North African Arabs

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North African Arabs (Arabic: عرب شمال أفريقيا‎‎ "‘Arab Shamal Ifriqiya") or "Maghrebi Arabs" (Arabic: :العرب المغاربة‎‎ "al-‘Arab al-Maghariba") is a term that denotes the inhabitants of the North African Maghreb region whose native language is a dialect of Arabic and identify as Arab.[1][2][3][4][5][6] This ethnic identity is a product of the Arab conquest of North Africa during the Arab–Byzantine wars and the spread of Islam to Africa.[7] The migration of Arab tribes to North Africa in the 11th century was a major factor in the linguistic and cultural Arabization of the Maghreb region, mainly Beni Hassan, Banu Hilal[8][9] and Banu Sulaym.

The descendants of the original Arab settlers who continue to speak Arabic as a first language currently form the single largest population group in North Africa.[10]



The Shasu people were a Semitic-speaking group of nomads in the Levant from the late Bronze Age to the Early Iron Age or Third Intermediate Period of Egypt. They were organized in clans under a tribal chieftain, and were described as brigands active from the Jezreel Valley to Ashkelon and Sinai.[11] Herding and livestock of camels, cows and sheep comprised their main livelihood, but they also engaged in hunting and limited agriculture. They were hostile towards Egypt, and served as mercenaries in armies that waged war against the Egyptians. The Shasu people guided the soldiers of Assyrian ruler Esarhaddon into the Nile delta in the 7th century BC and provided his armies with camels for the transport of water.[12]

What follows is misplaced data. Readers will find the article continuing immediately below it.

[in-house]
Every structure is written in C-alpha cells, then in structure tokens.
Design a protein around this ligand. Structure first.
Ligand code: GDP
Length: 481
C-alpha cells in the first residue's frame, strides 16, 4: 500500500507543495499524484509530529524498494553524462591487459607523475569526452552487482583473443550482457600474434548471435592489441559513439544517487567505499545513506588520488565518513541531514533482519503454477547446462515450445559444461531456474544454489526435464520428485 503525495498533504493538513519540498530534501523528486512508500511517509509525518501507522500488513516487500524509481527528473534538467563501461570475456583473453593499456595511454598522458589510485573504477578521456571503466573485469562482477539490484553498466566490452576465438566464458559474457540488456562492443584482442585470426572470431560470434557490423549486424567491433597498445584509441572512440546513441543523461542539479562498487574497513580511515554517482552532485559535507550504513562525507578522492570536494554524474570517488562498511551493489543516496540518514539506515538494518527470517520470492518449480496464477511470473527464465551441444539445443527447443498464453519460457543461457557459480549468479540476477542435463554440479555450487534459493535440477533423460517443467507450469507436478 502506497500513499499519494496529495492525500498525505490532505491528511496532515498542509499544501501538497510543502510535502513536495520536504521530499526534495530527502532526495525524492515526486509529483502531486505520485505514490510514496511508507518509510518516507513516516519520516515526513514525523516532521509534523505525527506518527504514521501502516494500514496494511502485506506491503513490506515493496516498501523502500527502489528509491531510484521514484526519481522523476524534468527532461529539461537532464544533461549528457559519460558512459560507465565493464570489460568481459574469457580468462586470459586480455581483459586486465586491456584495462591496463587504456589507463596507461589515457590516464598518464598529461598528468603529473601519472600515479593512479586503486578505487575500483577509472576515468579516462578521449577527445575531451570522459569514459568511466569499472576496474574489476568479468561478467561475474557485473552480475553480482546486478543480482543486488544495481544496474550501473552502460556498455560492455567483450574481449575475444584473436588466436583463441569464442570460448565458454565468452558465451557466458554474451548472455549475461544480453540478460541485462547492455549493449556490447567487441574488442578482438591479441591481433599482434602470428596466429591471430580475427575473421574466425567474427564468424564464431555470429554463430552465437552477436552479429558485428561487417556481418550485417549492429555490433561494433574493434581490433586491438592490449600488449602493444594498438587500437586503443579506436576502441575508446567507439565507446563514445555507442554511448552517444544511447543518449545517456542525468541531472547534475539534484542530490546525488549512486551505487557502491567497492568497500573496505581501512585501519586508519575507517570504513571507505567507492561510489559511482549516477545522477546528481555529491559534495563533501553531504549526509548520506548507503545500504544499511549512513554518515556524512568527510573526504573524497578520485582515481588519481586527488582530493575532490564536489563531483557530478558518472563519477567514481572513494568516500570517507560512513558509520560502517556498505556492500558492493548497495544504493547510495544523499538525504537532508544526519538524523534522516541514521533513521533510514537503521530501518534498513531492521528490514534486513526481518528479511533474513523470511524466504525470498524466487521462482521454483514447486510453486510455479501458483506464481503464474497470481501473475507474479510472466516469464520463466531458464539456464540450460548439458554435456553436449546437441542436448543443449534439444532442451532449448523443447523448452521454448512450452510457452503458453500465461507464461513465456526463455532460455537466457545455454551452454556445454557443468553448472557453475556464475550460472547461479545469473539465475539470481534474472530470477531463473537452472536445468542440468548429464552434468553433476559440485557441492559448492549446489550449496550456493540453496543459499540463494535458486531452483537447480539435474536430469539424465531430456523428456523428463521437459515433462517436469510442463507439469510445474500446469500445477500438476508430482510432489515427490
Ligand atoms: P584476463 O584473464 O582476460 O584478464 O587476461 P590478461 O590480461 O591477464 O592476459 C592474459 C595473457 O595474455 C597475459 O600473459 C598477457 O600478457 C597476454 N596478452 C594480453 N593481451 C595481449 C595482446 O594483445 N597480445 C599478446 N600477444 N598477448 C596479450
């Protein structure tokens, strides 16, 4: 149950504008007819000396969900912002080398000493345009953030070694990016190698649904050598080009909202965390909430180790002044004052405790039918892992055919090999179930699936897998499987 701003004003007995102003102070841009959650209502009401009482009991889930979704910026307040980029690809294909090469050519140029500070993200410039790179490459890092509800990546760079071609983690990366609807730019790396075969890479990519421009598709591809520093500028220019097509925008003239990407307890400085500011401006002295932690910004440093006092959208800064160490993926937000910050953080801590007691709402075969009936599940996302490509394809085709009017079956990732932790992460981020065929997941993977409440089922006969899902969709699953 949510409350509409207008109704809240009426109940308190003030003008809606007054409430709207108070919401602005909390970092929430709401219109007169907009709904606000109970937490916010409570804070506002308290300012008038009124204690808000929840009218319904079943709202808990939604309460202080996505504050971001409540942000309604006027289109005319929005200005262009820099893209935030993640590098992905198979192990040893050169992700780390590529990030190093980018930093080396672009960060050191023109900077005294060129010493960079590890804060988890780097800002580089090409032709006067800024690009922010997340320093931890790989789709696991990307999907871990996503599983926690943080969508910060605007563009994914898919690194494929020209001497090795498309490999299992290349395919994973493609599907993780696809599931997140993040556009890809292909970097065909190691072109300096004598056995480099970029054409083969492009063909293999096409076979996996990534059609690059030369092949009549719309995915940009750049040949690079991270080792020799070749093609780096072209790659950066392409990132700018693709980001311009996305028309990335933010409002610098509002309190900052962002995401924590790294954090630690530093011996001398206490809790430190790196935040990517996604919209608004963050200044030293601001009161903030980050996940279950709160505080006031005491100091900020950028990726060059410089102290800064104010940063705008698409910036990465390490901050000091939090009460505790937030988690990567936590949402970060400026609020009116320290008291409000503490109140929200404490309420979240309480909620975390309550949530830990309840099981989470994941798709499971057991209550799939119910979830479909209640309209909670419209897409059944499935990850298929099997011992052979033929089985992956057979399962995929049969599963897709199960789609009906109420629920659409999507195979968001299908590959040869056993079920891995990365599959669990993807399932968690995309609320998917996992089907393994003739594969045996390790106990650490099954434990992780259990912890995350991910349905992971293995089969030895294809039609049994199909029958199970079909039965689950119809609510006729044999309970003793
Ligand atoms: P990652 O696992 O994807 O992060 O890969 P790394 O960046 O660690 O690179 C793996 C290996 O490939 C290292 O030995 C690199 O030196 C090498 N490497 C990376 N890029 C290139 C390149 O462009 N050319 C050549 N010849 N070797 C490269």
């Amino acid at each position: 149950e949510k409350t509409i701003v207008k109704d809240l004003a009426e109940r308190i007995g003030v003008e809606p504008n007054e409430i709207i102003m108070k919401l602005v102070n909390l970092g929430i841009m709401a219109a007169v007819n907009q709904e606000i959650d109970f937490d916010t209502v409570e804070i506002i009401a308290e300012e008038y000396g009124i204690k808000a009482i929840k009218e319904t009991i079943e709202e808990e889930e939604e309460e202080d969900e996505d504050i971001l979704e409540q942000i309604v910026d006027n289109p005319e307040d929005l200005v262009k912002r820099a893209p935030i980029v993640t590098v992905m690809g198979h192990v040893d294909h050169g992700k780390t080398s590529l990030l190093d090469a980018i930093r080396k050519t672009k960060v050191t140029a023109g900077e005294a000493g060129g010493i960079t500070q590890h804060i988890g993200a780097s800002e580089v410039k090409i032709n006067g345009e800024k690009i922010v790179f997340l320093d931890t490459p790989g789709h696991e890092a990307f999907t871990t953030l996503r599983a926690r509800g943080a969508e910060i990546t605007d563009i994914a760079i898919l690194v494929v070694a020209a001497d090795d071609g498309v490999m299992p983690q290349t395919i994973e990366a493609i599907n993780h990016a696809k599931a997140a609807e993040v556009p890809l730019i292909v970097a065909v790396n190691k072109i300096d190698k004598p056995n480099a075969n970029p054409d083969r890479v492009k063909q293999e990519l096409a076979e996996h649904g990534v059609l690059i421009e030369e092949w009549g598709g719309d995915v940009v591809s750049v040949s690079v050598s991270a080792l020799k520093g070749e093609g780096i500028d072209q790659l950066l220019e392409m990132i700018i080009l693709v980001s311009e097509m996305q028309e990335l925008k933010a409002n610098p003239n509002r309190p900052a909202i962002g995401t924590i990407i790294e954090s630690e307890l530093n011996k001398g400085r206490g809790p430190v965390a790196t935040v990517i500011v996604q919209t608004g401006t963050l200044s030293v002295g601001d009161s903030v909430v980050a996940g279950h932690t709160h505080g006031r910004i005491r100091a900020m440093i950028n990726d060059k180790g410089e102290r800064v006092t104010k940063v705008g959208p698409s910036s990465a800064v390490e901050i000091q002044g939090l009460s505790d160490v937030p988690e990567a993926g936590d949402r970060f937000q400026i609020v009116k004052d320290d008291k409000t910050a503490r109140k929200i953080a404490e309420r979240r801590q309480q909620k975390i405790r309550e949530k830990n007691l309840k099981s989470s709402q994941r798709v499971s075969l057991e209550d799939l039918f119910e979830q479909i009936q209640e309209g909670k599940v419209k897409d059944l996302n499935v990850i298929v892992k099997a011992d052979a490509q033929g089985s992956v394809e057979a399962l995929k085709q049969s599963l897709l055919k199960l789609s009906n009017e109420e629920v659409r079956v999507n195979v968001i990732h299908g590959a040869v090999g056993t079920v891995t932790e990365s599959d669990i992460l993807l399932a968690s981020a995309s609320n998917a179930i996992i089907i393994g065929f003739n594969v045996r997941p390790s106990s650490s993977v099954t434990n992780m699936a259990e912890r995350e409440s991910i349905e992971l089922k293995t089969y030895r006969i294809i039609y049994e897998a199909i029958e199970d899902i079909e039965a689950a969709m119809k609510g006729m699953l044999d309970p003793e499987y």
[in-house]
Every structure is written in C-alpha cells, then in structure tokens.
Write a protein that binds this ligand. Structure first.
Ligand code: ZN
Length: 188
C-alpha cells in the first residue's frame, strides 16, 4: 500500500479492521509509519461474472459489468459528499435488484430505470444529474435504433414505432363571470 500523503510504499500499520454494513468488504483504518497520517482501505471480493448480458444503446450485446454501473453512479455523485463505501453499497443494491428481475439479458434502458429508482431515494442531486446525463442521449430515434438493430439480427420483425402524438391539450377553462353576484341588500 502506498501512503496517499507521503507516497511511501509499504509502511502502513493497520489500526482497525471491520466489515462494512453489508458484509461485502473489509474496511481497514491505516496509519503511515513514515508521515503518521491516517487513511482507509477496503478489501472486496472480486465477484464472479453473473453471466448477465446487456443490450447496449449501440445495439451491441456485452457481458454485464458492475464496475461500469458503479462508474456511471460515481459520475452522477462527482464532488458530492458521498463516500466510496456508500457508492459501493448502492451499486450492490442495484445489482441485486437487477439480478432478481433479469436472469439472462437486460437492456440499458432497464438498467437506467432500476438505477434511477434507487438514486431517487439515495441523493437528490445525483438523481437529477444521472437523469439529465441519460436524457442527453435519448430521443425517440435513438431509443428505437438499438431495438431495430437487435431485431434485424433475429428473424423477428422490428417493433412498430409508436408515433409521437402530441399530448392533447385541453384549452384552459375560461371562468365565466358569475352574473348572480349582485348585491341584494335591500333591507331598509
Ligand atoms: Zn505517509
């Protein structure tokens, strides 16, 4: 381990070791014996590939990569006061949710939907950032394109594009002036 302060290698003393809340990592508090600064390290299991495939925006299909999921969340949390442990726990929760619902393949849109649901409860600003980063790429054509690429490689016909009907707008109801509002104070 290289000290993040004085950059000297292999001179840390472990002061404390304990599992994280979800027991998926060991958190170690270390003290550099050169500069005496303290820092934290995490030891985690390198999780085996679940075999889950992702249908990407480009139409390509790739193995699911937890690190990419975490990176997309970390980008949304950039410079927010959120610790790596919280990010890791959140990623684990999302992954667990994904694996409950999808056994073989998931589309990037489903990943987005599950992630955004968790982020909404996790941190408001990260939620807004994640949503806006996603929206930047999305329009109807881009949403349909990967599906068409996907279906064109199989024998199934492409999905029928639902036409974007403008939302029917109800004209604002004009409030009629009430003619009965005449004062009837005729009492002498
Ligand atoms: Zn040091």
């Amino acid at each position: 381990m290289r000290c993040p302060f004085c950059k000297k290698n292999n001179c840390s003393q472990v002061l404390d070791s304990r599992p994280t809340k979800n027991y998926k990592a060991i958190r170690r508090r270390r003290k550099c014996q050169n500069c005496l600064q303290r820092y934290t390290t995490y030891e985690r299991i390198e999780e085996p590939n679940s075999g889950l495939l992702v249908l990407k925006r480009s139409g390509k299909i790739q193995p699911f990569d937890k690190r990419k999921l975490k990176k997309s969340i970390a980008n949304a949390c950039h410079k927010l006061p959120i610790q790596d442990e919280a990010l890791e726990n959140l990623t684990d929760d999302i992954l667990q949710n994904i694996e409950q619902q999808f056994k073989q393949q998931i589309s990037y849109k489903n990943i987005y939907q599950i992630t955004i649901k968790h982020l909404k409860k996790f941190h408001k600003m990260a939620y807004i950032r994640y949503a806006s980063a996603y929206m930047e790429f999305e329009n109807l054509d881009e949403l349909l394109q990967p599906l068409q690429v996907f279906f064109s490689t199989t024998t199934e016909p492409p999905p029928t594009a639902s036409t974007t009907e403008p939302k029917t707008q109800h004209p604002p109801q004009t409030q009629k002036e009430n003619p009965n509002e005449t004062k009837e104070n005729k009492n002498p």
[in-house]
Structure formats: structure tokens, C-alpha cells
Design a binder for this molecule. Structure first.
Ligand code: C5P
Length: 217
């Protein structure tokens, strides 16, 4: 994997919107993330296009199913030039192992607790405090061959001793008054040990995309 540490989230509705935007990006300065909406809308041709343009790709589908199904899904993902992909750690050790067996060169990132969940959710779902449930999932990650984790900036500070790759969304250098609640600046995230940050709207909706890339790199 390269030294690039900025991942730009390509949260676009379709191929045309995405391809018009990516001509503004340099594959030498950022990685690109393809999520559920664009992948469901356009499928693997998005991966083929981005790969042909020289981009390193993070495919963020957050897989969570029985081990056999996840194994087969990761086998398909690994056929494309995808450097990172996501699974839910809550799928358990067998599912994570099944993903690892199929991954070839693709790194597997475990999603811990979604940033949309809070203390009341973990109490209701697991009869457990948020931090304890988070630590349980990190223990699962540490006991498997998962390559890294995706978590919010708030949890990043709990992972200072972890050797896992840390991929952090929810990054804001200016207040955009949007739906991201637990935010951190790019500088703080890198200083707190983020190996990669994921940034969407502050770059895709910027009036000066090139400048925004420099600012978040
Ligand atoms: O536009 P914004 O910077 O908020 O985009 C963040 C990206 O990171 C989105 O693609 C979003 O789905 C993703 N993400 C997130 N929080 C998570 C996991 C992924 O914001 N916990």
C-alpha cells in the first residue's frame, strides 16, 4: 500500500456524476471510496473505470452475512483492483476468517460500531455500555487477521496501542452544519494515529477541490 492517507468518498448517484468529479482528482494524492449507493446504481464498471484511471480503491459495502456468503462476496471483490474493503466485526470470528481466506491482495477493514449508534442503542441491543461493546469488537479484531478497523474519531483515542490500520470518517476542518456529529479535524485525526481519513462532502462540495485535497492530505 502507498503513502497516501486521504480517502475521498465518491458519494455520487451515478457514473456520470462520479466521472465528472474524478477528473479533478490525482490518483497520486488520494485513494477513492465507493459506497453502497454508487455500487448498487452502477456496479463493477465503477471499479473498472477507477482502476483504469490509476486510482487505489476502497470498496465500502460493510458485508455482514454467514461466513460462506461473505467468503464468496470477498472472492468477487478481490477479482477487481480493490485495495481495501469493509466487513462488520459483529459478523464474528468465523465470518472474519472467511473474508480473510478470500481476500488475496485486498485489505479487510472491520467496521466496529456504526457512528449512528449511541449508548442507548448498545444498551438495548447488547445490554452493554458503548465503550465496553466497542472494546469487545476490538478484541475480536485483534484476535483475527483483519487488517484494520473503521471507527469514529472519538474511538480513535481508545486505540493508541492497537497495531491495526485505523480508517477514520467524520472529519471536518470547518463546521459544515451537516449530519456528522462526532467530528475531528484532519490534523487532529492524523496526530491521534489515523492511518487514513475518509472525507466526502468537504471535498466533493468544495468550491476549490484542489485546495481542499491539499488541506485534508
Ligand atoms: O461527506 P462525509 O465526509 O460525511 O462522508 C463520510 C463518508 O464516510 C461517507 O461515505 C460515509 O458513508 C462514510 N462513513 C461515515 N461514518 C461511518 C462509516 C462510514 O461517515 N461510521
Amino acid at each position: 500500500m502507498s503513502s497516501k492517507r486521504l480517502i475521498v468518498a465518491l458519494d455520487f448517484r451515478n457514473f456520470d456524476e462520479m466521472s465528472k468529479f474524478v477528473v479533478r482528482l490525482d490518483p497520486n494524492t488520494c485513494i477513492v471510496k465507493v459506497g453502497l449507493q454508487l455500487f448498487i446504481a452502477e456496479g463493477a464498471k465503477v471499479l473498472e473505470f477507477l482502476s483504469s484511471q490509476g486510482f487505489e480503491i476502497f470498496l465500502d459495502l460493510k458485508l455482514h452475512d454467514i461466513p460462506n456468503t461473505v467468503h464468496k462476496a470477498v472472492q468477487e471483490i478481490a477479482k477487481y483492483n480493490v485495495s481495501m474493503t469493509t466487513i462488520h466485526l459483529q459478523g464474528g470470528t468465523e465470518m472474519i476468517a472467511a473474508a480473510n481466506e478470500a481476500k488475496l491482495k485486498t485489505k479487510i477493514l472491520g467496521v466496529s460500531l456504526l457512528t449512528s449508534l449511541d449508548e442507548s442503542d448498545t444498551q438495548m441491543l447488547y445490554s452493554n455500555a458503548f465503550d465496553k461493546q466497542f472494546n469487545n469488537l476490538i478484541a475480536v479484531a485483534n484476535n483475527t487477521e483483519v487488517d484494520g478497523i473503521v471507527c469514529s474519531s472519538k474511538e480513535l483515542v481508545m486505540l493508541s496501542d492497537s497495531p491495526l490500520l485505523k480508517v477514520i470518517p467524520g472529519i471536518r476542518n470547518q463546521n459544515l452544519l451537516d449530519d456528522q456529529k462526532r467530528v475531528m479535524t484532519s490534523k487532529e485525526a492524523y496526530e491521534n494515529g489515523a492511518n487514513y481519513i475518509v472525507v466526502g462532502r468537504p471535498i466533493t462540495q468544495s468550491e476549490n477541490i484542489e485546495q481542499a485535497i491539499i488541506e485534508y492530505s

Shasu men had trimmed beards or beards clipped into a tip and wore long gowns with geometric motif embroideries. The women wore mid-calf dresses with one shoulder bare. The dresses were white, decorated with red figures and coloured stripes. Their footwear was made out of dyed leather. The ancient Egyptians described them as light-skinned, with a yellow-ish skin tone.[13][14]

The earliest known reference to the Shasu is in a 15th-century BCE inscription found in Transjordan. The inscription is found on the column bases at the temple of Soleb built by Amenhotep III, and lists peoples considered enemies of Egypt. Copied later by either Seti I or Ramesses II at Amarah-West, the list mentions six sub-groups of Shasu: the Shasu of S'rr, the Shasu of Rbn, the Shasu of Sm't, the Shasu of Wrbr, the Shasu of Yhw, and the Shasu of Pysps. The Libyans and the Nubians were also present on the list.[15][16]

Historic dynasties[edit]

Umayyad dynasty[edit]

Idrissid dynasty[edit]

Nasrid dynasty[edit]

Hammudid dynasty[edit]

Abbadid dynasty[edit]

Fatimid dynasty[edit]

Saadi dynasty[edit]

Alaouite dynasty[edit]

The Alaouite dynasty (Arabic: سلالة العلويين الفيلاليين‎‎, Sulālat al-ʿAlawiyyīn al-Fīlālīyn) is the current royal family of Morocco. The name comes from ‘Alī ibn Abī Ṭālib, whose descendant, Sharif ibn Ali, became prince of Tafilalt in 1631. His son Mulay Al-Rashid (1664–1672) is credited with uniting and pacifying the country during a turbulent period of Moroccan history. The Alaouite family claim descent from the Islamic prophet Muhammad through his daughter Fāṭimah az-Zahrah and her husband ‘Alī ibn Abī Ṭālib.